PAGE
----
Let us consider just this last aspect, as does Catherine Pickstock in the short Blackfriars essay she published prior to her book After Writing. Are we trying to make a mockery of ourselves by talking about returning to the practices of the early church? Are we ready to restore solemn penances—the sending out of penitents on Ash Wednesday and their public reconciliation on Maundy Thursday? Shall we revive the severe, almost crushing ancient penances that were part and parcel of the Church’s daily life? Are we ready to begin each Mass with a slow and beautiful procession down the main aisle, accompanied by the chanting of psalms? Are we prepared to heap incense upon the burning cinders and fill the church with the sound of men’s choirs? Are we really willing to follow St. Paul and the whole ancient tradition by forbidding roles to women in public worship? Are we ready to have bishops pronounce, in the context of the solemn Sunday Mass, excommunications on stubborn heretics and apostates? This sort of thing was bread and butter to the early Christians. Or are we trying to get back to the simple “house worship” of the very first generation of Christians? How very convenient that we know so little about those first Christians! We can make things up as we go along, supported by highly imaginative hypotheses and reconstructions—reminiscent of artistic renderings of our distant ancestors, hairy broad-browed cavemen, tossing a log on the bonfire—so that unhistorical and revolutionary agendas may be cloaked under an appearance of scholarly authority and pastoral solicitude.

Once, a friend and I were talking about whether the laity have a vocation to the mystical life. It is sadly ironic that the Catechism of the Catholic Church decides the question positively for the first time, when never before in the history of the Church has there been so little in her liturgical life to foster contemplative prayer and the mystical gifts. The Catechism also notes that conscience can be properly formed and heard only when there is sufficient interior silence—another condition well-nigh abolished in the new liturgy as it is celebrated almost everywhere. The old liturgy opened to many serious Catholics a path of asceticism and a path to contemplation. Its beautiful stillness, pregnant silences, richly nourishing prayers, poignant gestures, and (in those fortunate locales where a musical revival had occurred) its exquisite chant melodies made the regular life of public worship a continuous schooling in the prayer of the heart, a repeated call to ever deeper penetration of the mysteries of faith, a recurrent opportunity for exercising the theological virtues, a convivial context for receiving higher graces from God.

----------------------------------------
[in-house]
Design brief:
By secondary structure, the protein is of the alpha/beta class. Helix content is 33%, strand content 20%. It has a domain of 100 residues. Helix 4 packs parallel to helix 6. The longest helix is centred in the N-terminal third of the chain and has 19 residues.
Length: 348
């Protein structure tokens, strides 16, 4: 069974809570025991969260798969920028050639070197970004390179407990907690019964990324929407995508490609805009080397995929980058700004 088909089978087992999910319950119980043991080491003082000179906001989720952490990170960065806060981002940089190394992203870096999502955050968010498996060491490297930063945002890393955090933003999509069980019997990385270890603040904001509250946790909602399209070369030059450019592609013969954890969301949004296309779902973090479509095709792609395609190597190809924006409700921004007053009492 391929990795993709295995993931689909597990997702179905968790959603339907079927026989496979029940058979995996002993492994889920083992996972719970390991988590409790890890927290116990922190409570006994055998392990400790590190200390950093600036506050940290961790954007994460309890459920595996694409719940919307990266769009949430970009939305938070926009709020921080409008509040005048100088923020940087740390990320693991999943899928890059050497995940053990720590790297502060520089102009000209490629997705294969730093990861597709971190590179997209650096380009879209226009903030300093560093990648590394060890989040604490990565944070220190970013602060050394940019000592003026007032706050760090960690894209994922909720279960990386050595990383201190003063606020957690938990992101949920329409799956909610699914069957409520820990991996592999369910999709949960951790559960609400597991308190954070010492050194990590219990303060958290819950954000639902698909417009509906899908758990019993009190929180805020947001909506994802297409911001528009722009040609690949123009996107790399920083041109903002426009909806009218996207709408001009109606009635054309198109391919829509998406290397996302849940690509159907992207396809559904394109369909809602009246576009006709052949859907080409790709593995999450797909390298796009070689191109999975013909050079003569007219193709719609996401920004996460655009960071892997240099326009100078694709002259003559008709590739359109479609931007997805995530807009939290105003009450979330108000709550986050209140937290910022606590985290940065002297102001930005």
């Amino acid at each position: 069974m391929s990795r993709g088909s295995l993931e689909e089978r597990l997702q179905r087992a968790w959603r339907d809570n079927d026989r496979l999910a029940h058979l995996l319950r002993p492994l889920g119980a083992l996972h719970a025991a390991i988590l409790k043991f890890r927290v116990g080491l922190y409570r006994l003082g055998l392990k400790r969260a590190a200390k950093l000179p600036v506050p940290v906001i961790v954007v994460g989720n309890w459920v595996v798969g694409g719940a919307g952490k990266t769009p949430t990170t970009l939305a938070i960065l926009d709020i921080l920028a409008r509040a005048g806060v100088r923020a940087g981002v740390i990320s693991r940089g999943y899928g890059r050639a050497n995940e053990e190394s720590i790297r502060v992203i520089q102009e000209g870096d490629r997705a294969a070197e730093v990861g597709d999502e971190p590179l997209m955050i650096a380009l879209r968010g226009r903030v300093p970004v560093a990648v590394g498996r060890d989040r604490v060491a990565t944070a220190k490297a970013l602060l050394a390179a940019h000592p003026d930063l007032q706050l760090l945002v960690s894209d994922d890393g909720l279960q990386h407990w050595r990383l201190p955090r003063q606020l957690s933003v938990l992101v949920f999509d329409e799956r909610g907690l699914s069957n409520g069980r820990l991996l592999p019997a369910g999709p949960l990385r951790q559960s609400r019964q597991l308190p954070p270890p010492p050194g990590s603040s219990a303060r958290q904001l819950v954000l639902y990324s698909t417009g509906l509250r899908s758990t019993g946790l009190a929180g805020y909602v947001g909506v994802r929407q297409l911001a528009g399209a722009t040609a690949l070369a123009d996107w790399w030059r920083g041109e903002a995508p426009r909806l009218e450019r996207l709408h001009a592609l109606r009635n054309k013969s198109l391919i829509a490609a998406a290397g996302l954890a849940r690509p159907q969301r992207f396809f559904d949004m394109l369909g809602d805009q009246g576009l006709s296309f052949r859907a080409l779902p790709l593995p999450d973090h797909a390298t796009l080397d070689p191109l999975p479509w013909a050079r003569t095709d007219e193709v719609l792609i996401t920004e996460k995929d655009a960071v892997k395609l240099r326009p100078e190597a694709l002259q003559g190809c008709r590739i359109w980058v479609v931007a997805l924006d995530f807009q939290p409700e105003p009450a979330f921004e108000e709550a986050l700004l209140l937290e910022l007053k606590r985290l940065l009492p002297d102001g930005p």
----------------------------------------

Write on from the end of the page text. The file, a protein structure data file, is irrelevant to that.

All saints agree that the mystical life is founded upon a healthy asceticism. Where is this asceticism present in the new liturgy? Are the Ember Days and Rogation Days celebrated? Is the pre-Lenten season observed? What of the daily Lenten fast and the multitude of days of abstinence? Why were the character of the Lenten collects and postcommunions so radically altered away from the constant theme of detachment from the world, salutary hatred of self, contrition for sins? The changes, which are many and significant, represent a practical repudiation of the fullness of ascetical spirituality, and thus a closing-off of the steep and narrow path of mystical initiation attained at the cost of intense spiritual warfare and discipline. The ancient liturgy is truly ancient: it breathes the spirit of the martyrs, the Fathers, the monks and hermits, the mystics. Where is that spirit today? Which Catholics are coming face to face with it, week after week, day after day?

Pierre Hadot wrote an influential book entitled Philosophy as a Way of Life, showing that philosophers of antiquity were more than mere intellectuals; they were striving to be, you might say, saints of the rational life, mystics of logos, priests of sophia. The traditional Catholic already has his Way of Life: it is the ancient Liturgy. In this school of endless subtlety and abiding simplicity, he finds an entire way of life which encompasses and transcends the truths and blessings of human or philosophical wisdom. The liturgy gives him at once a broad and clear teaching on holiness and an inexhaustible wealth of new insights, new layers of meaning he may never have noticed before but which are already present in the texts he has always known. The liturgy is where he goes for his identity, purpose, and strength. He does not think of changing the liturgy to conform it to himself; he rather strives to conform himself to the liturgy, to be formed by it and for it, so that Christ Jesus may be formed in him.

This is what the original Liturgical Movement was all about, and this is the work to which we of the New Liturgical Movement are called today. Be the challenges what they may, let us carry forward the noble work, the best principles, of our forebears, as we seek to spread far and wide the inexhaustible riches of the traditional liturgical life of the Catholic Church.